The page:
Most of us know and are concerned about avoiding the “bad” plastics. Especially when it comes to our food. Polycarbonate, PVC, Polystyrene. But until recently, many people have considered PET, Polyethylene Terephthalate (#1 plastic, the type of plastic that water and juice bottles are made from) to be safe. And while there have been studies suggesting that the chemical antimony can leach from disposable water bottles, especially when exposed to sunlight, heat, and rough treatment, no one had studied other beverages.
Antimony Found In 16 Popular Brands of Fruit Juice
According to a statement released on March 1 from the Royal Society of Chemistry, 42 different juices were tested across 16 brands, and found concentrations of antimony up to a factor of 2.7 above the EU limit for drinking water. Scientist Claus Hansen speculates that the citric acid in these drinks could act as an extractant, causing more leaching from fruit juice bottles than water bottles.
But let me be clear. While researchers have measured the levels of this chemical in drinks and suspect that antimony, which is used as a catalyst to create PET plastic, is leaching into the beverages from the bottles, they suggest that further studies are needed to prove such a conclusion.
We have measured antimony in juices with up to 17-fold higher concentrations compared to previous reports on beverages in PET-bottles. Trends in the data material indicate that the antimony has leached from the packing material; however, it cannot be excluded that the antimony was present prior to packing. Thus, further studies are warranted.
Does Antimony Cause Cancer?
That question is also the subject of debate. According the the press release:
Antimony has no known biological function and the effects of long term human exposure are unknown. Antimony trioxide, a suspected carcinogen and listed as a priority pollutant by the US Environmental Protection Agency, is used as a catalyst in the production of polyethylene terephthalate (PET), which is used to package foodstuffs.
I checked several sites to for information on the carcinogenic potential of antimony. The federal Agency for Toxic Substances and Disease Registry (ATSDR) has this to say:
Breathing antimony can irritate your eyes, skin, and lungs and at higher concentrations for a longer time can cause problems with the lungs and heart.
We do not know if antimony can cause cancer or birth defects, or affect reproduction in humans.
Animals that breathe high levels of antimony have died and those that have breathed low levels over a long period of time have had heart and lung problems. Some rats were found to develop lung cancer.
So can drinking small amounts of antimony in water or juice cause cancer? The answer is that we really don’t know. Alarmist articles like those published in Britain’s Daily Mail this past week would have you believe that it does. But the researchers themselves believe their findings indicate further research is needed.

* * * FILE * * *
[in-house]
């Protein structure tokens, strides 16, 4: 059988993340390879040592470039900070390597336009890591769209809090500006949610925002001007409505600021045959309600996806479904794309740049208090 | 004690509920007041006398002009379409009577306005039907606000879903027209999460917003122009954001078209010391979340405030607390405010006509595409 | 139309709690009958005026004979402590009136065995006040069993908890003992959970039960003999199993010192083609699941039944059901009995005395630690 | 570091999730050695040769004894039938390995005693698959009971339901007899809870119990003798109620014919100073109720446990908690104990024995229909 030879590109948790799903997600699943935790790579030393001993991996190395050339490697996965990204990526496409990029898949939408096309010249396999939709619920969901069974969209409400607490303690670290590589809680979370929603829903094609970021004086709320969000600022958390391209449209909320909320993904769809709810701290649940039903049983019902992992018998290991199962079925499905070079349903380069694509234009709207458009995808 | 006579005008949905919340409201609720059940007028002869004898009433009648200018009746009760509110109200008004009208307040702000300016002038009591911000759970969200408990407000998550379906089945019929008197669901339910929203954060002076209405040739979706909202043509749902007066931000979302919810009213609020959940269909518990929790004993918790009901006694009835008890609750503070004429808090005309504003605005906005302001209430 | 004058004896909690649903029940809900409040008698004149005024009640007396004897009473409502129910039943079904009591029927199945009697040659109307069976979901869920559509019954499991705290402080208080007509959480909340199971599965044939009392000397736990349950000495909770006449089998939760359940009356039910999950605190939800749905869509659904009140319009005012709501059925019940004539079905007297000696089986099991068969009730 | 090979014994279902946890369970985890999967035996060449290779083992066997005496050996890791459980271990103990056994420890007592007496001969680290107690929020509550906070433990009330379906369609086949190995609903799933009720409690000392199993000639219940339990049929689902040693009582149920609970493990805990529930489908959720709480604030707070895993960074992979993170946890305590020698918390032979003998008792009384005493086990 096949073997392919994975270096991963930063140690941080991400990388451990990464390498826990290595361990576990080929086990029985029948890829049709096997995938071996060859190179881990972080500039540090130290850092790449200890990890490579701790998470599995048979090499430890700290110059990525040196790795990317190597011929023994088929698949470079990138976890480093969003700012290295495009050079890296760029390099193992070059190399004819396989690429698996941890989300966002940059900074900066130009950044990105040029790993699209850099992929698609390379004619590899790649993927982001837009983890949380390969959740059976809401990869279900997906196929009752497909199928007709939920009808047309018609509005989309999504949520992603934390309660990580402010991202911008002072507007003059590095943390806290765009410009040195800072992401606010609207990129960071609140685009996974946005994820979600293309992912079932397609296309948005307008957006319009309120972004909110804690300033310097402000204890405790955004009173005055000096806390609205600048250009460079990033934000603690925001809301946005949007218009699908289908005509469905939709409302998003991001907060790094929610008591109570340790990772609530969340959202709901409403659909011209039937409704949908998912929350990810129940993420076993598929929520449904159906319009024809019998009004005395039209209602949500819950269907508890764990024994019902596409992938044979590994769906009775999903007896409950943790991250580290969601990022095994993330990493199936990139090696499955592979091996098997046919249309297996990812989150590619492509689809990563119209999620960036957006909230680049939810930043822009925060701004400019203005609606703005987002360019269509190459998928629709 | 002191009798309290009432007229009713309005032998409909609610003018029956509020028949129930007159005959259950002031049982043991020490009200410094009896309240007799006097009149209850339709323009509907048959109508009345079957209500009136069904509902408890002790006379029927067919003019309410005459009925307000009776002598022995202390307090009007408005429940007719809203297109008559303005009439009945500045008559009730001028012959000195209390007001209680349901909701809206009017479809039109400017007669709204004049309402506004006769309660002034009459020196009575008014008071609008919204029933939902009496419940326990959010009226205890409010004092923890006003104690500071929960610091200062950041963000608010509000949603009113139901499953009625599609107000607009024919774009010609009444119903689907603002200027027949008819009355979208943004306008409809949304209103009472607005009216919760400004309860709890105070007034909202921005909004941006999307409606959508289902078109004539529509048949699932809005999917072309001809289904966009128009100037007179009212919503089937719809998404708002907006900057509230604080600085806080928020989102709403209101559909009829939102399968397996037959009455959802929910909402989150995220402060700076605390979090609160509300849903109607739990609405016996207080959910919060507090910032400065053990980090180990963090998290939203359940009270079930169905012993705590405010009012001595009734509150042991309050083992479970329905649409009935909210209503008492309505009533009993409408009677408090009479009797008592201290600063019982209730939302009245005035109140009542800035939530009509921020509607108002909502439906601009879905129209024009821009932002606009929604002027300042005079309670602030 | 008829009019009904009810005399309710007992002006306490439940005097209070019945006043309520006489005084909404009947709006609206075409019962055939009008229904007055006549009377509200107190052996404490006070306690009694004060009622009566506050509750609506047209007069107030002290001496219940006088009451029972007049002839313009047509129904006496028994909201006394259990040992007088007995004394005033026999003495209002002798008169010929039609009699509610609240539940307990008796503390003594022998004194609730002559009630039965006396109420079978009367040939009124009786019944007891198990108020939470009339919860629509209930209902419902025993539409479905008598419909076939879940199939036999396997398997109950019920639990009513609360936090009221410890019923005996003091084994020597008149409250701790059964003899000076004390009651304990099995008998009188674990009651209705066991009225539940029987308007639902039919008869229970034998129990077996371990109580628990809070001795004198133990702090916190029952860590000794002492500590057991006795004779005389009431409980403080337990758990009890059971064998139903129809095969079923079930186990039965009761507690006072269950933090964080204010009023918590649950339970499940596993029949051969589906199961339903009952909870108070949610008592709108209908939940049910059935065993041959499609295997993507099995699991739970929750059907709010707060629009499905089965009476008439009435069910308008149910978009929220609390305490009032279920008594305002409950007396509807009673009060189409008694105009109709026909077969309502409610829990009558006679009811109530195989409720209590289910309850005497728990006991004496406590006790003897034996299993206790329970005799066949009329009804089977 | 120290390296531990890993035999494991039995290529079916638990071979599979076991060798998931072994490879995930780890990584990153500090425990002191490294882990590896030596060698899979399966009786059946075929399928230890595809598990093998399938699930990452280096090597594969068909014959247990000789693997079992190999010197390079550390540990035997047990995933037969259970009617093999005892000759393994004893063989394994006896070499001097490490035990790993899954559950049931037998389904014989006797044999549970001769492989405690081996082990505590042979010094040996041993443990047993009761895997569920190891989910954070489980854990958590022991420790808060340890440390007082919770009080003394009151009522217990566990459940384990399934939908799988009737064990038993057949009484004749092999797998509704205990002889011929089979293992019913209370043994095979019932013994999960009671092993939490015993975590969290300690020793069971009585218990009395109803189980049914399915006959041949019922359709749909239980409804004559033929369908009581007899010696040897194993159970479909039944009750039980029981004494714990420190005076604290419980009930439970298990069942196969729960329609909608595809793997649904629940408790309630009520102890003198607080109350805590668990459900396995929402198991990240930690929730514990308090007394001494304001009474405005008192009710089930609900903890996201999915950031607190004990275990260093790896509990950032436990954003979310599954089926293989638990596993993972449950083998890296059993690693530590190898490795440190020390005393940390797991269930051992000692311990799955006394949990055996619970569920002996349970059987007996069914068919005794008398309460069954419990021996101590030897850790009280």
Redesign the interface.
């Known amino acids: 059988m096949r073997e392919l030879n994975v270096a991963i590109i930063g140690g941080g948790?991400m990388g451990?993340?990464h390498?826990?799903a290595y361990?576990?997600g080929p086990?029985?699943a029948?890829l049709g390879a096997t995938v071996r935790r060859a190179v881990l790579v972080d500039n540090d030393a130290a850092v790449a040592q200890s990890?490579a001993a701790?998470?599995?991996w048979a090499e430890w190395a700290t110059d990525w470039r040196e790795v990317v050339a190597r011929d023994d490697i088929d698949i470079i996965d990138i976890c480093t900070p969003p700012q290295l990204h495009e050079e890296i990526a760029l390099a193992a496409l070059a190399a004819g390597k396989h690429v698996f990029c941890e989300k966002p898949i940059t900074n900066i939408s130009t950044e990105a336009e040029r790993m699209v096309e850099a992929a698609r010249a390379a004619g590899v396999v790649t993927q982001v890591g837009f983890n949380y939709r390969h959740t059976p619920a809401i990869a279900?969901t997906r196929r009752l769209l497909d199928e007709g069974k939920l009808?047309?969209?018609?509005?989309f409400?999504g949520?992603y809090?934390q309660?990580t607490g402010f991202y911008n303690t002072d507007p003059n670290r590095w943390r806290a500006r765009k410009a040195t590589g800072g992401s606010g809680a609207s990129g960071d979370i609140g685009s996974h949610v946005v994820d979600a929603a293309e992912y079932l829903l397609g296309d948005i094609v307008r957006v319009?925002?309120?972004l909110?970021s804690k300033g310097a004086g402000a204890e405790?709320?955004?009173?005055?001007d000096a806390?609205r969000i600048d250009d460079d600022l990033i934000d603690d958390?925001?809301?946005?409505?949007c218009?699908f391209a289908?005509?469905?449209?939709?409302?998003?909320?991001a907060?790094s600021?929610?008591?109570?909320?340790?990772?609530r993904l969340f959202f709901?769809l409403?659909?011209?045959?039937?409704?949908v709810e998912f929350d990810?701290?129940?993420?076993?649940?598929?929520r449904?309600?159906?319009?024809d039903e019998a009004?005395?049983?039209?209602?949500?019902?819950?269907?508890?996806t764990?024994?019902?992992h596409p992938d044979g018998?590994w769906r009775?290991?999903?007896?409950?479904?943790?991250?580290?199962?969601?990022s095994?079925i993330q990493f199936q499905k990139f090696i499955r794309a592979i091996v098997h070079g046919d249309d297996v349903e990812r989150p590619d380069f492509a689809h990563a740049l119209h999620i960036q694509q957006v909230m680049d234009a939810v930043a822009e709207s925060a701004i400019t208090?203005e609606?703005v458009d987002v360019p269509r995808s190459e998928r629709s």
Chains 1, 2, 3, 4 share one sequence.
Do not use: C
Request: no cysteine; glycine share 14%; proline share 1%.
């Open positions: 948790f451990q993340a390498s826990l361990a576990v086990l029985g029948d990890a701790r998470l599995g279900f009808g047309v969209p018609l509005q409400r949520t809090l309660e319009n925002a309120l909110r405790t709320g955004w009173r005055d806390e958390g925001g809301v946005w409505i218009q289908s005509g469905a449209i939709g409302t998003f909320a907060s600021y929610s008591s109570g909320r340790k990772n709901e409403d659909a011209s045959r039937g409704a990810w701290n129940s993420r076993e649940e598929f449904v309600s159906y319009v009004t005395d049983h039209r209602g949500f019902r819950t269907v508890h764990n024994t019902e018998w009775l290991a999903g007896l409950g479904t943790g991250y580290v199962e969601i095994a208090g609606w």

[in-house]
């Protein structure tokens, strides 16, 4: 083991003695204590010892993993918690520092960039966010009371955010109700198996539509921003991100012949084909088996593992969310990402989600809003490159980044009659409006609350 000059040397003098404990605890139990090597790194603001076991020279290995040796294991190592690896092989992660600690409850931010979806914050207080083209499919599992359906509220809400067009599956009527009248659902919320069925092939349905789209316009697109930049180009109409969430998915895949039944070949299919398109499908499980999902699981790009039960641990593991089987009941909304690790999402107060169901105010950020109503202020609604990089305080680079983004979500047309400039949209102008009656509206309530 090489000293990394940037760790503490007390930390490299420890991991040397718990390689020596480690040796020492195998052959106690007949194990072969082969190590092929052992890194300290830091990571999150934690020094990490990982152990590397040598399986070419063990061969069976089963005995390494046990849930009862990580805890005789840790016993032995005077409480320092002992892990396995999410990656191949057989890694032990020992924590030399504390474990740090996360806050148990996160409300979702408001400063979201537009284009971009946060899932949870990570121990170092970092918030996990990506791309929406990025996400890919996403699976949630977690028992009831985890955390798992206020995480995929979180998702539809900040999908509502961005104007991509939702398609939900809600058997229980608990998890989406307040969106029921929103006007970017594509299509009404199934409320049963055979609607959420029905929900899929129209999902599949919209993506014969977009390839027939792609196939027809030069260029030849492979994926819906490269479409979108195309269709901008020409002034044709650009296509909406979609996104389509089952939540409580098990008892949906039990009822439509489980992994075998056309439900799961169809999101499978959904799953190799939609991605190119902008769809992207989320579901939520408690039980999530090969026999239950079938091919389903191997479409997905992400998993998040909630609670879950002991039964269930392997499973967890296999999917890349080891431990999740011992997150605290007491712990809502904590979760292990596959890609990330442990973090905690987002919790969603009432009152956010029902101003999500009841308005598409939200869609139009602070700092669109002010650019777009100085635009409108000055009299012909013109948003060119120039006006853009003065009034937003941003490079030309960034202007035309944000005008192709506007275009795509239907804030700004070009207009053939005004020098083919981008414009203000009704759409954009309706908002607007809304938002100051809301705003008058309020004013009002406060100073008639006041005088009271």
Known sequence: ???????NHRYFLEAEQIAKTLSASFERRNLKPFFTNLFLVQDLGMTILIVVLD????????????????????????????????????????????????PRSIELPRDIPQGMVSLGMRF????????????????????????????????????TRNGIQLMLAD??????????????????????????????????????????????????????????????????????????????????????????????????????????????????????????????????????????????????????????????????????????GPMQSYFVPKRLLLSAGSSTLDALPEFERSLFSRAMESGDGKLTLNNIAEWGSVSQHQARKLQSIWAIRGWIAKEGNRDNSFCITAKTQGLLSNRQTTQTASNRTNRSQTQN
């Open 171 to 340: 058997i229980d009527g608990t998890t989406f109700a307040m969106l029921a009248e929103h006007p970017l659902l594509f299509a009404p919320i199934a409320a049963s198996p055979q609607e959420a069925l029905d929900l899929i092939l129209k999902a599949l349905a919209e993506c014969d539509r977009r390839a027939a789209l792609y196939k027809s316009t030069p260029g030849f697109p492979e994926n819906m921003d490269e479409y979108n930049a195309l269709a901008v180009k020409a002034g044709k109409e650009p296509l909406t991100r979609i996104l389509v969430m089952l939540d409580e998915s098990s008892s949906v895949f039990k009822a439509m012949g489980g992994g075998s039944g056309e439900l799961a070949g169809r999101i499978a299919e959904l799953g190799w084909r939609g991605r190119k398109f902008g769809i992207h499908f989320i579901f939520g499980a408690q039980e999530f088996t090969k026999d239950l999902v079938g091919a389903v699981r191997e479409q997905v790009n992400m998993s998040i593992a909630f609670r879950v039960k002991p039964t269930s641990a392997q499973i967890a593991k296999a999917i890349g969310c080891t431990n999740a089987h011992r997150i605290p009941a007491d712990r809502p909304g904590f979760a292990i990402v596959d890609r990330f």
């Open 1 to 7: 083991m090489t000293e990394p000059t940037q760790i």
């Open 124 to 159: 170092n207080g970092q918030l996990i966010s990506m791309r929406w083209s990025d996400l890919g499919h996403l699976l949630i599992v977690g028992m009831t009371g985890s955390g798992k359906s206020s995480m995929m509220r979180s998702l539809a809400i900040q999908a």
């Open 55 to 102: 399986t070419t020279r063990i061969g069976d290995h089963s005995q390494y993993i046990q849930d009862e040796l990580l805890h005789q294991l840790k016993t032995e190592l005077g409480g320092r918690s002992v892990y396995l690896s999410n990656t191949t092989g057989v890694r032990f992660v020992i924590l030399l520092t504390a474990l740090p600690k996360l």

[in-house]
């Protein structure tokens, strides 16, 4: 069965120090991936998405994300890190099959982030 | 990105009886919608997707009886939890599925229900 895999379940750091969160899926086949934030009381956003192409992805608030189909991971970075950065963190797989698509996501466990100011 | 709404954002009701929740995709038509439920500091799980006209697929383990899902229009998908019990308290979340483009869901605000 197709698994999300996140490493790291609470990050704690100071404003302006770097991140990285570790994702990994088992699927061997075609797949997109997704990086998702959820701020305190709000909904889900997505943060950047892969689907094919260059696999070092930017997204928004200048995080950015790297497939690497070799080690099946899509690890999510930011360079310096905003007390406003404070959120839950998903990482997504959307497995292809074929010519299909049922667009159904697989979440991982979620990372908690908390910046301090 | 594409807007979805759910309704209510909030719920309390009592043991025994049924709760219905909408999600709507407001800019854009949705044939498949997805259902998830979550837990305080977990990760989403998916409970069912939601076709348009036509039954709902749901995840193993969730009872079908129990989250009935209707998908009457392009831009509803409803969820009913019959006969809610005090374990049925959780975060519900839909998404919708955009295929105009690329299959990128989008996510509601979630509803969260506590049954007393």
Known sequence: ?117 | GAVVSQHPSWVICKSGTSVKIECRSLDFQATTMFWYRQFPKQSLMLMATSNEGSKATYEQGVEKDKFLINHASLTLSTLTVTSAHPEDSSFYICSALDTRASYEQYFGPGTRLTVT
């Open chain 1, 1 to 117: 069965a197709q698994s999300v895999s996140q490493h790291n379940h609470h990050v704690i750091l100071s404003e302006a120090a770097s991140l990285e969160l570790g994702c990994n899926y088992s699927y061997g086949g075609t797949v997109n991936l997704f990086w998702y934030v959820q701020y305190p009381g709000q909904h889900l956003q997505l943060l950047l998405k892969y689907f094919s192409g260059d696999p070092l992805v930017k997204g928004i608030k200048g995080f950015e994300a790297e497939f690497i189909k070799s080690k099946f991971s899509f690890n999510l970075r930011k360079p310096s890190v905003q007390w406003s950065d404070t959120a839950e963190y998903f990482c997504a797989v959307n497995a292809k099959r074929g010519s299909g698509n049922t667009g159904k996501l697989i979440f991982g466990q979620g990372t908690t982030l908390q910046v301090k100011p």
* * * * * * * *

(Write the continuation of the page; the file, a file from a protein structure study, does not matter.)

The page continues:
According to Hansen,
we cannot be sure that the antimony levels found are harmless. The human exposure to antimony is increasing and since antimony has no known biological function, there is concern about its long term effects.
And Agneta Oskarsson, an expert in food toxicology at the Swedish University of Agricultural Sciences, Uppsala, said:
This work emphasises the need to follow up exposure and health risks due to increased usage of such elements as knowledge on antimony exposure and toxicity is scarce, therefore more data on the antimony speciation is required.
The fact is, we are exposed to thousands of chemicals every day that have never been tested for safety in humans. We need better laws, like the Kid Safe Chemicals Act, to require testing of chemicals before they are placed on the market. In the mean time, we ourselves can follow the Precautionary Principle which states:
Where an activity raises threats of harm to the environment or human health, precautionary measures should be taken even if some cause and effect relationships are not fully established scientifically.
In our home, we don’t drink any bottled beverages. At all. When it comes to juice, we usually skip it, opting for whole fruit. In the rare instances we do want juice, we make it ourselves. And honestly, I stopped drinking juice a long time ago when I realized it’s basically just concentrated sugar without the benefits of fiber from the whole fruit. In the rare case I need juice for some kind of medicinal purpose (cranberry juice?) I can find it in glass. Knudson bottles mostly in glass, for instance.
But however you feel about the juice itself, consider the plastic bottle. Perhaps it leaches chemicals into your drink. Or doesn’t. We do know that plastic bottle will last a very, very long time in the environment with the potential to harm wildlife along the way. Why use something we don’t need?